As a facility dog, Irie may be asked by a victim’s advocate or therapist to help break the ice

with a client.  As referenced on the Courthouse DogsÒ website, one of the successful animal intervention methods employed is to have the dog retrieve something.  Irie is a retrieving maven!  She doesn’t just retrieve something, she retrieves “anything” you ask her to retrieve and gently holds “anything” until the handler tells her to release by voice or hand signal.  In summary, Irie has skills, she has talent, and she really knows her vehicles.




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The Canopy

by: Mike Stewart

This short clip of Diesel (FTCh Scott x Judy, DOB 3/31/16) owned by Chris Plummer, DE, trained and handled by Clint Swinney, demonstrates his enthusiasm for the hunt when he hits a canopy of ragweed cover, despite the light rain.  The video offers several great points for young upland gundog development and possibilities for your summer tune-up activities.  As you watch, please note:

  1. We cultivate ragweed at the Wildrose Oxford Training Grounds as well as other crops and grass fields.  Many summer grasses produce nasty seeds that can litter a dog’s eyes and nose.  Ragweed, though heavy in pollen, does not have large seeds.  It effectively creates a canopy of tall cover which allows for fantastic hunting opportunities, more so than thatch-type grasses.  Birds love it as well.  Dogs, whether Pointers, Flushers, or Retrievers, really have to work close in lush, tall cover like ragweed.
  2. Diesel loses his mark due to the height of the cover requiring him to hunt in the proximity of the fall.  He simply cannot see the target area after entry.  He’s running blind relying on distance estimation and his nose.
  3. This cover is also excellent for marking by sound.  Cover the dog’s eyes and toss in a feather-laced bumper.  Developed properly, dogs can become pinpoint markers by sound.
  4. Interdependence—the relationship between Diesel and Clint demonstrates excellent teamwork.  Diesel had to learn how to locate his handler for instruction on whistle stops.  When he hears the whistle while hunting under the canopy, he must to move to see his handler.  Notice his response to the whistle and cast.
  5. Obviously, his nose is getting a desirable workout in the lush cover.  Green, pungent, high-nitrogen foliage can really mask scent making the pick more difficult to locate. Also ragweed is heavily pollinated making the task more difficult.

Our objective when developing a Gentleman’s Gundog is to match the client’s expectations for the perfect hunting companion to complement their family’s sporting lifestyle. We never forget the importance of the underling purpose of our Labradors… game recovery, to bring back a bird that otherwise may be lost – Masters of Scent.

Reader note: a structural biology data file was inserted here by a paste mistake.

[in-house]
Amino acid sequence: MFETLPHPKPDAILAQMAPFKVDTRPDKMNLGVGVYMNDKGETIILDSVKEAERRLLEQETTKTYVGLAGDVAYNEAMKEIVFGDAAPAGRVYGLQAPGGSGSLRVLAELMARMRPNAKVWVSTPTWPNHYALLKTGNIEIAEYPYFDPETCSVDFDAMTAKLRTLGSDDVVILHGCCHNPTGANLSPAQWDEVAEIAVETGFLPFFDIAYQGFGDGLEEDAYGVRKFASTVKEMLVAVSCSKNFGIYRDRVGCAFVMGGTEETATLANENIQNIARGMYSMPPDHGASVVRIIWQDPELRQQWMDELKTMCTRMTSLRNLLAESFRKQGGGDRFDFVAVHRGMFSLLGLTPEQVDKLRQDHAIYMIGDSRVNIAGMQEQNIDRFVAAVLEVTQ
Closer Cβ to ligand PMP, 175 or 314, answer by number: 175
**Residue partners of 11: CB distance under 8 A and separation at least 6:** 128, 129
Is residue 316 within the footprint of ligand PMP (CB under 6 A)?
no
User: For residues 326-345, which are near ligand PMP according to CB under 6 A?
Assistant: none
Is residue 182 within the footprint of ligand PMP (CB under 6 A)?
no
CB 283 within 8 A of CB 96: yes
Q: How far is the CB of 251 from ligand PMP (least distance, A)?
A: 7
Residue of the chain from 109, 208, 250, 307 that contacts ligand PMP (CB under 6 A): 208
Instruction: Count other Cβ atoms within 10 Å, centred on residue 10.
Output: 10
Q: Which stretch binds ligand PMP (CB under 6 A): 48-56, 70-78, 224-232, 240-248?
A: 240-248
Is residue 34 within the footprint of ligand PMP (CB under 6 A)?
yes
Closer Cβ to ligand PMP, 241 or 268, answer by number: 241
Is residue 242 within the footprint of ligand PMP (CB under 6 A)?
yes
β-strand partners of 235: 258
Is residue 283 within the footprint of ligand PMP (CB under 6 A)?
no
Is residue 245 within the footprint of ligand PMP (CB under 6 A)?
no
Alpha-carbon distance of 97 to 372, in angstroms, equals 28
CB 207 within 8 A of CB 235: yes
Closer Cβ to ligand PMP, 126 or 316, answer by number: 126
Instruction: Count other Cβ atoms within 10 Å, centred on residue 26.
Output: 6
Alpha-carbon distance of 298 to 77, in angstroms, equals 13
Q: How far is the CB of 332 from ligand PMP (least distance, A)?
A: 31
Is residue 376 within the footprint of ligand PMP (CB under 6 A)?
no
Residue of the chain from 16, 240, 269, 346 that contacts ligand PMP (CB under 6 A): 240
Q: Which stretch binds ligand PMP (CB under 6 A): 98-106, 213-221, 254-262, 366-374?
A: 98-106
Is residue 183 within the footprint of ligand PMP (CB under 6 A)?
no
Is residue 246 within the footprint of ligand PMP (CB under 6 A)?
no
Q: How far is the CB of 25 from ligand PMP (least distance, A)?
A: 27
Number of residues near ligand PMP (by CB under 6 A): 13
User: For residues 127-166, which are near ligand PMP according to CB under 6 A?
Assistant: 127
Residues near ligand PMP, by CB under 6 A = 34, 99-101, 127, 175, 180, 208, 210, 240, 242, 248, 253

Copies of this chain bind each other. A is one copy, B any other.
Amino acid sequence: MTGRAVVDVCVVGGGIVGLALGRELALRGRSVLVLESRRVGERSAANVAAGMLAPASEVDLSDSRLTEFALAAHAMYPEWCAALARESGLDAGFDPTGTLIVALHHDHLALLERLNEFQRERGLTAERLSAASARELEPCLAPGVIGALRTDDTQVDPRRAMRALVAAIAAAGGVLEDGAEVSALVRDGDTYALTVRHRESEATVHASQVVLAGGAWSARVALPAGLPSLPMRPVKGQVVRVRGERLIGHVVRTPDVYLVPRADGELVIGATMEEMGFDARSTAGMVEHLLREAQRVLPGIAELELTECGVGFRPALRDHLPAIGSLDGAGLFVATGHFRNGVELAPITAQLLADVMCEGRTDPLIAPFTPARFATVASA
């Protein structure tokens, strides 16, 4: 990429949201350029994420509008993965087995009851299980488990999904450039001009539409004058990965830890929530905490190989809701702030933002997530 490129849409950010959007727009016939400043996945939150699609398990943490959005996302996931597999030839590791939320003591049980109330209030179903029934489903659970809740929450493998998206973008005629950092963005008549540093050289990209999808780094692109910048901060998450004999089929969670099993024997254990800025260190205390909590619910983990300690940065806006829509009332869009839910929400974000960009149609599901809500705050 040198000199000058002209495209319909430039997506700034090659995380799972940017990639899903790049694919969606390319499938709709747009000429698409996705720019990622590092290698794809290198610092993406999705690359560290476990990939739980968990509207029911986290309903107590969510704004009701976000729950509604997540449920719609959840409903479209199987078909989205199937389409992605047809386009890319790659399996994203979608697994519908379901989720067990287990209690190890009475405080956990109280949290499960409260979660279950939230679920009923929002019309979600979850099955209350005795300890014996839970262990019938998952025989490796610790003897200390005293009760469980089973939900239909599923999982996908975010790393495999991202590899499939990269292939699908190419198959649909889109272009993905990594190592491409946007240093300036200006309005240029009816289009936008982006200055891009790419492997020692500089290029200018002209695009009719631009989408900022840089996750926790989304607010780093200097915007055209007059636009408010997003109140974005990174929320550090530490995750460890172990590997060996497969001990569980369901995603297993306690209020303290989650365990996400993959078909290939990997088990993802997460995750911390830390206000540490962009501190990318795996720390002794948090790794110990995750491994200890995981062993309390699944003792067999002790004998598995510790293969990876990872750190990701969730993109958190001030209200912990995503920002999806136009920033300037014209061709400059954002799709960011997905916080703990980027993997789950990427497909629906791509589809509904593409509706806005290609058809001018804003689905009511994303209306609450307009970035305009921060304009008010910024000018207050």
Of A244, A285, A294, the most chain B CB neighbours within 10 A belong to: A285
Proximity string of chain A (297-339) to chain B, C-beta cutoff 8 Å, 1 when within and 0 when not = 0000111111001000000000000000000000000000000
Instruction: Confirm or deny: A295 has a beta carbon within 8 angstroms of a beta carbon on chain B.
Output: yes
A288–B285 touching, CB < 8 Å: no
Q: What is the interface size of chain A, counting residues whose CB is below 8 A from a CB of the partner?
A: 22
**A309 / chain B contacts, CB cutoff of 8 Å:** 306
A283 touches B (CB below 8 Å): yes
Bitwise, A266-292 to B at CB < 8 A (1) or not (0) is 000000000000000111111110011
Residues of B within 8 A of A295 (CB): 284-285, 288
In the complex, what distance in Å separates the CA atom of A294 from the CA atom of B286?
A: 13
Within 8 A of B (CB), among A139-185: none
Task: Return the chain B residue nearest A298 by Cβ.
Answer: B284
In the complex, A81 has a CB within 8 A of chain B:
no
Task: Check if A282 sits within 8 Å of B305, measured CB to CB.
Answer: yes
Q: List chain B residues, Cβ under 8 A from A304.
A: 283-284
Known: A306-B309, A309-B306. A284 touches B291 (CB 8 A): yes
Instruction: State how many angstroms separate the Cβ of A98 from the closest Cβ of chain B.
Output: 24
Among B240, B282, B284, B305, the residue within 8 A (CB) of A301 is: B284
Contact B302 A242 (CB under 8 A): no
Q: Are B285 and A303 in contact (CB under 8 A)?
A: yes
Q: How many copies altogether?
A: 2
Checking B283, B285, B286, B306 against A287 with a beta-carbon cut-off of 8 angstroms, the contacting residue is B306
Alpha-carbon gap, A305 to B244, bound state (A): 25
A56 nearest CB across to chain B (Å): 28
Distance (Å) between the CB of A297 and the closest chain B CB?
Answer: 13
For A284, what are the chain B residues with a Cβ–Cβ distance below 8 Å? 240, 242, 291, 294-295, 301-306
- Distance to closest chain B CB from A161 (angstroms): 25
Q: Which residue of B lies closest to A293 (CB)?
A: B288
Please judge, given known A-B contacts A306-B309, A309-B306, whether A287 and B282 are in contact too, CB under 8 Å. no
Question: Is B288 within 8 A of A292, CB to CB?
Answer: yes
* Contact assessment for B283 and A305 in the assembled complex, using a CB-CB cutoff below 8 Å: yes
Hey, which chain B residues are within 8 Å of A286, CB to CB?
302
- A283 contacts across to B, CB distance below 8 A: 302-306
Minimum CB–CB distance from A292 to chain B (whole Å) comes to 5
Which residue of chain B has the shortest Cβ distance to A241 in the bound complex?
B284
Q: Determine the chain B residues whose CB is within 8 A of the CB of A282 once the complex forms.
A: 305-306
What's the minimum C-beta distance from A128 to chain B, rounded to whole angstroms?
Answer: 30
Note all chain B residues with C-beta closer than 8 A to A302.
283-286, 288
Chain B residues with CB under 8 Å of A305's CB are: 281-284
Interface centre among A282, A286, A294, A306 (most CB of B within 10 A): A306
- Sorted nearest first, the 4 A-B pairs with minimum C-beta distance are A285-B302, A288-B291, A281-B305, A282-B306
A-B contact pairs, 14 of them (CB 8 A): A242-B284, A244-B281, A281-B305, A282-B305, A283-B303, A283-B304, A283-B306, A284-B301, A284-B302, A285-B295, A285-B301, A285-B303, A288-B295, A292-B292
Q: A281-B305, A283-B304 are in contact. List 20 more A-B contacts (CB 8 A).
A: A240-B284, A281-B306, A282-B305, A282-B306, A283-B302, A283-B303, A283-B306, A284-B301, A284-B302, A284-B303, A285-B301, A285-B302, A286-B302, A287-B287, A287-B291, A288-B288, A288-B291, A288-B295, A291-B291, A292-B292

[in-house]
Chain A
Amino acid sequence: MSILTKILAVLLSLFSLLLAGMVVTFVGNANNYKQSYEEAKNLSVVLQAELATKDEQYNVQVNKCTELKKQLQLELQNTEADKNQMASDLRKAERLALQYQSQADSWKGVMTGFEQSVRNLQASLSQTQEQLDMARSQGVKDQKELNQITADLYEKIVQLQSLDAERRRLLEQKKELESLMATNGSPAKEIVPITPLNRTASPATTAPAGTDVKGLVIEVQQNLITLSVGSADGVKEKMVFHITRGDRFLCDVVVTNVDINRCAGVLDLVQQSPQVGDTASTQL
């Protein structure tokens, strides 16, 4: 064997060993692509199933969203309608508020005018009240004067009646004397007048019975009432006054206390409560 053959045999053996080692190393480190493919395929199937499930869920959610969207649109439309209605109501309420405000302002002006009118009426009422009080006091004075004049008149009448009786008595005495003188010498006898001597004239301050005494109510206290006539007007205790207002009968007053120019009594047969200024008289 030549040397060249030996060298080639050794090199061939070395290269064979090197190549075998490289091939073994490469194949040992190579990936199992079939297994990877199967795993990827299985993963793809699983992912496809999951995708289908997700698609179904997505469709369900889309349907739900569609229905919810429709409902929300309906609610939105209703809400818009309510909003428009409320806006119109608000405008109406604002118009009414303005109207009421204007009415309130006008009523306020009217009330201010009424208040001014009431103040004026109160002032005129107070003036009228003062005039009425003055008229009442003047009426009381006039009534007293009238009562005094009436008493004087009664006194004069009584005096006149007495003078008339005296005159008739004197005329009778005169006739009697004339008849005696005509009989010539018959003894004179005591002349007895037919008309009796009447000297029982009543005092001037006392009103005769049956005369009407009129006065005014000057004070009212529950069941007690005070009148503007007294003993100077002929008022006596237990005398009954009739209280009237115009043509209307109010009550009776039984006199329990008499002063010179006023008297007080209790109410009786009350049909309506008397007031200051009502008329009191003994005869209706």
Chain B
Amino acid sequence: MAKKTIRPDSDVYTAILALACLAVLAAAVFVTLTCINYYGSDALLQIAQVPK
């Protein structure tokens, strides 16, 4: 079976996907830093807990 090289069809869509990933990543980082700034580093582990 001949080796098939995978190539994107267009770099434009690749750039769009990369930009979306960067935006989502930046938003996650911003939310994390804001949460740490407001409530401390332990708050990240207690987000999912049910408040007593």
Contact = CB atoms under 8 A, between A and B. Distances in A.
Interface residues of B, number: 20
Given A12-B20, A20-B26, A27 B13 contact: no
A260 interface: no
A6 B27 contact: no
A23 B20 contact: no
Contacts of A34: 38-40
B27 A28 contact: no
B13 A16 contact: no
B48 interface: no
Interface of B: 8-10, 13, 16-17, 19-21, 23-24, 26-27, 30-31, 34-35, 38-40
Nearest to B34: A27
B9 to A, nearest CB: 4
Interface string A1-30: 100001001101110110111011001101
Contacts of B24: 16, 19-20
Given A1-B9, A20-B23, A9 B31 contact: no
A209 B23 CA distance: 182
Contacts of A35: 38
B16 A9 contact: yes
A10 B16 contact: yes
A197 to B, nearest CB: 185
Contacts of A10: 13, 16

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Strike-Back: The Basics

by: Mike Stewart

Strike-Back Training is nothing new at Wildrose, actually it is a combination of several

Photo by: Katie Behnke

training phases the company has transcended over the years which has involved Pointers, Retrievers, Spaniels and even Beagles.  Strike-Back is training the Wildrose Labrador, a superb gamefinder, to work simultaneously, in harmony with other sporting breeds; Pointers or Flushers, one complementing the other while avoiding interference or frolic.  The training emphasizes teamwork tapping each breed’s specific and best talents then blending them into field performance in a workable collaboration of hunting, pointing, flushing and game recovery.  The effort is to provide sporting enthusiasts with the ultimate in upland gundog experiences.

Training emphasizes working the Retriever or Spaniel in combination with the Pointer in several key areas:

  1. Wagon/strike dog
  2. Quartering and flushing
  3. Pointing and backing
  4. Game recovery
  5. Field obedience and control elements

But, where do we begin our training for Strike-Back?  As always with the Wildrose Way, begin with the foundation skills and train to the point of habit formation. An excellent comprehensive training program for the upland gundog is the Wildrose Upland DVD available at wildrosetradingcompany.com. Here all the basic skills for field performance are fully covered in a progressive, positive, balanced methodology. At the outset it’s important to keep in mind that the upland hunting field can appear to a young gundog as quite chaotic so train for the distractions.

Core Principles

Obedience and control in a group setting.

Here we are developing obedience and steadiness around other active dogs and people as well as the distractions of flushing birds and distant gunfire.  Our dogs work in group settings on basic obedience, walk-ups, short retrieves and steadying denials (including live birds).  The starter must learn to maintain focused composure despite distraction.

Photo by Katie Behnke


  1. A Retriever hunting cover for a downed bird as a stylish Pointer slashes about the area. Will your Retriever stay on the hunt ignoring the distraction?
  2. Will the Spaniel stay steady backing a Pointer as you approach to make the flush? Backing includes remaining steady to the flush and disregarding the Pointer’s actions afterward.  Backing is remote steadiness at its finest.